• Maintenance Working to prevent relapse

Prochaska, J.O. in Ries R. et al. Eds,
Principles of Addiction Medicine, 4th Ed.
Lippincott, Williams Wilkins, 2009, p 745-755.
Clinical Impact Change Model
relapse drop out
Principles of Motivational Interviewing
  • MI differs from traditional counseling in that
    it is client-centered
  • Collaborates rather than confronts
  • Evocates rather than educates
  • Respects autonomy rather than imposing authority
  • Not focused on
  • teaching new coping skills
  • reshaping cognitions
  • exploring the past
  • A way of being with rather than to do something
  • Elicits intrinsic motivation rather than using
    extrinsic ones (coercion such as legal sanction,
    punishment, social pressure, or reward such as
    financial gain).
  • Negative contingency frequently doesnt work (as
    you well know).

Miller R, Rollnick S. Motivational Interviewing
Preparing People for Change, New York Guilford,
Clinical Assessment/Intervention
  • Integrate Motivational Interviewing into the
    clinical assessment interview for treatment
    seeking clients
  • understand the motives clients have for
    addressing their substance use problems
  • gather the clinical and administrative
    information needed to plan their care
  • build and strengthen their readiness for change

Martino, S. et al. (2006) Motivational
Interviewing Assessment Supervisory Tools for
Enhancing Proficiency. Salem, OR Northwest
Frontier Addiction Technology Transfer Center,
Oregon Health and Science University. http//www.m
Motivational Interviewing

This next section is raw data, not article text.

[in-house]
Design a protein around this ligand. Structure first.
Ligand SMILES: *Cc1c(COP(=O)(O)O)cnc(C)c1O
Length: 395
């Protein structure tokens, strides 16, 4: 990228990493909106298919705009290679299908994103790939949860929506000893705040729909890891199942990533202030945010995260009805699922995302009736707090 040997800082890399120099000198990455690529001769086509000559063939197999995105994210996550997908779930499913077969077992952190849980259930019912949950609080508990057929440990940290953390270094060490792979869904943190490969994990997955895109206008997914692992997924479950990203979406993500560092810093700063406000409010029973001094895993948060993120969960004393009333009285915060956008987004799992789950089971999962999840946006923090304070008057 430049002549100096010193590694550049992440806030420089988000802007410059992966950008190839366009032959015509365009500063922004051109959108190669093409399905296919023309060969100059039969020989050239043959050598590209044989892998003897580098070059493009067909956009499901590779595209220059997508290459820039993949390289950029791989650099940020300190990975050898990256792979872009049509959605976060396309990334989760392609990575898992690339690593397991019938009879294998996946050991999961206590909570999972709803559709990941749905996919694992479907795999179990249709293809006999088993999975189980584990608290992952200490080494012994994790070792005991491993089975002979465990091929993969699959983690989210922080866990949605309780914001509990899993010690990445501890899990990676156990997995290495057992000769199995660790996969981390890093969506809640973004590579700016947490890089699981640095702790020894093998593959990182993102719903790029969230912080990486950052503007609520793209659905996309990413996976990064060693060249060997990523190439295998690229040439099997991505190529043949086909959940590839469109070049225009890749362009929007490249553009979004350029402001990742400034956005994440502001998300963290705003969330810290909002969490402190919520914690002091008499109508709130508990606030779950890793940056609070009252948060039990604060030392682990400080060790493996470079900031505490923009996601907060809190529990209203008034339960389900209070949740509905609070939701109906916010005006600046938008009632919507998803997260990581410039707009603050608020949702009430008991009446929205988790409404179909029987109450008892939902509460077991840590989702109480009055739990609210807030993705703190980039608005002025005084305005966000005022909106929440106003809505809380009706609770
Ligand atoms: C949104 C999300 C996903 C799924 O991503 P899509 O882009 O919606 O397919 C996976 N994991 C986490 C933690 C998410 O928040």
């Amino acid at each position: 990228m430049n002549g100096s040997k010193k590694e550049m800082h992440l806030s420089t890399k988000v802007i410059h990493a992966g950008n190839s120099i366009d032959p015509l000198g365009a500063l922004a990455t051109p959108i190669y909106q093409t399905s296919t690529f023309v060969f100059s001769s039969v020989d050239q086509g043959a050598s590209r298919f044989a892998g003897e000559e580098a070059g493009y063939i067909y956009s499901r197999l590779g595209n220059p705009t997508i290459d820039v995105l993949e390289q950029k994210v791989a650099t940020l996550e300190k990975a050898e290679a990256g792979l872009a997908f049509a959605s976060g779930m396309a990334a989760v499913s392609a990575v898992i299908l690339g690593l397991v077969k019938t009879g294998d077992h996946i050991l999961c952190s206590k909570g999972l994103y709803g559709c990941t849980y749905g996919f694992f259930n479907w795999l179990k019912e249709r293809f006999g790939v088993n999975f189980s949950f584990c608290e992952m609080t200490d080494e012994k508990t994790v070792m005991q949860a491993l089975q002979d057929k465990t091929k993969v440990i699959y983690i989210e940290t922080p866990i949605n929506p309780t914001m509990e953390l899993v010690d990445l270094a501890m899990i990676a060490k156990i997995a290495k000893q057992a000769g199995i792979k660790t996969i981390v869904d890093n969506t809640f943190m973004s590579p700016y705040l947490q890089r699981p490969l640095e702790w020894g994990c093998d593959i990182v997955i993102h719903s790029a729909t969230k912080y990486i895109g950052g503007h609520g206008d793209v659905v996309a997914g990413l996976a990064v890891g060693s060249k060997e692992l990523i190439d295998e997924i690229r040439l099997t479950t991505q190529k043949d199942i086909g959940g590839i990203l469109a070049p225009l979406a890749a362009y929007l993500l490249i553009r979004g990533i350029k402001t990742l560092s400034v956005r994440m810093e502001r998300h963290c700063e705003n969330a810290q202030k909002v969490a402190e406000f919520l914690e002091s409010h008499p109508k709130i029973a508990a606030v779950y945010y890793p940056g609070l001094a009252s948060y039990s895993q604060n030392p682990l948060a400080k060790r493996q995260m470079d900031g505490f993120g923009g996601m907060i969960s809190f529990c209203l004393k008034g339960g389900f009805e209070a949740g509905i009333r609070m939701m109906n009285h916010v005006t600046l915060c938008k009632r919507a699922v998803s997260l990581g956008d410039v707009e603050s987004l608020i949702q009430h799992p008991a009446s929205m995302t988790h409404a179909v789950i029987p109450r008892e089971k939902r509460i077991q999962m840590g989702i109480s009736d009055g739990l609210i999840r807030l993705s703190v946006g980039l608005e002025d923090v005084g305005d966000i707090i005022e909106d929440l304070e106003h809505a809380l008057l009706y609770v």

• Identifying substance-related losses important
    for motivating people with comorbid psychiatric
    disorders contemplating behavior change (Blume
    Marlatt, Addict Behav, 2000)
  • Pilot data one-session preadmission 45-60
    motivational interview more effective than
    standard preadmission interview - partial
    hospital program. (Martino et al., Am J Addict,

High-Grade Evidence of MI Efficacy
  • http//
  • Dunn C, Deroo L, Rivara FP. The use of brief
    interventions adapted from motivational
    interviewing across behavioral domains a
    systematic review. Addiction 200196172542.
  • Burke BL, Arkowitz H, Menchola M. The efficacy of
    motivational interviewing a meta-analysis of
    controlled clinical trials. J Consult Clin
    Psychol 20037184361.
  • Rubak S, Sandbaek A, Lauritzen T, Christensen B.
    Motivational interviewing a systematic review
    and metaanalysis. Br J Gen Pract 20055530512.

Motivational Enhancement Therapy
  • View of the patient as self-directed and
    responsible for and capable of changing his or
    her behavior.
  • The clinician assists the patient in mobilizing
    his or her own inner resources.
  • MET allows the patient to determine treatment
    goals and encourages movement from one
    motivational stage to the next.

Motivational Enhancement Therapy (FRAMES)
  • Feedback of personal impairment
  • Personal Responsibility for change
  • Clear Advice to change
  • A Menu of alternatives
  • Therapist Empathy
  • Facilitate Self-efficacy or optimism

MI in a Broader Context
  • Addictive disorders
  • Pathological gambling
  • Heavy drinking college students
  • Engagement and Adherence to treatment
  • Pharmacotherapy
  • Dietary parameters (e.g. DM)
  • Chronic disease management
  • Mental disorders
  • Medical disorders Diabetes, HIV
  • Health promotion
  • ACOG committee opinion
  • HIV and other STD risk reduction
  • Weight loss
  • Reducing alcohol use in pregnancy

ACOG Committee Opinion No. 423. Obstet Gynecol.
2009 Jan113(1)243-6.
Relapse Pathways
  • 3 major biological mechanisms associated with
    relapse following extinction of drug-seeking